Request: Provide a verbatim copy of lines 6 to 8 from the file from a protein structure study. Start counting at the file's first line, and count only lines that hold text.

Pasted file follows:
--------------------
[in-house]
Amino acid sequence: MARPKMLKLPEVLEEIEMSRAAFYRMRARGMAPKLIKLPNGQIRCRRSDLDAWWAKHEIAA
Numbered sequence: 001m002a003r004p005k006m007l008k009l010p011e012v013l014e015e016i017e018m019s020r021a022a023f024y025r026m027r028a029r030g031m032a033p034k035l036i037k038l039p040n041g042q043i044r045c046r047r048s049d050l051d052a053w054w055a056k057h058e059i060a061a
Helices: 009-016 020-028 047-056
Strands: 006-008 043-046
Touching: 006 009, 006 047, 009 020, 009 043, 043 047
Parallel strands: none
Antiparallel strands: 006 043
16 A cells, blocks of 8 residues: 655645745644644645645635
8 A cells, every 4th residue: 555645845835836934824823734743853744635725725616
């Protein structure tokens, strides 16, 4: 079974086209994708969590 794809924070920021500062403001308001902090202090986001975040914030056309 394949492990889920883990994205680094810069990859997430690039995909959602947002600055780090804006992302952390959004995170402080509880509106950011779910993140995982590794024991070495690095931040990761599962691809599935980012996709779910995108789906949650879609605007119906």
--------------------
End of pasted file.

Touching: 006 009, 006 047, 009 020, 009 043, 043 047
Parallel strands: none
Antiparallel strands: 006 043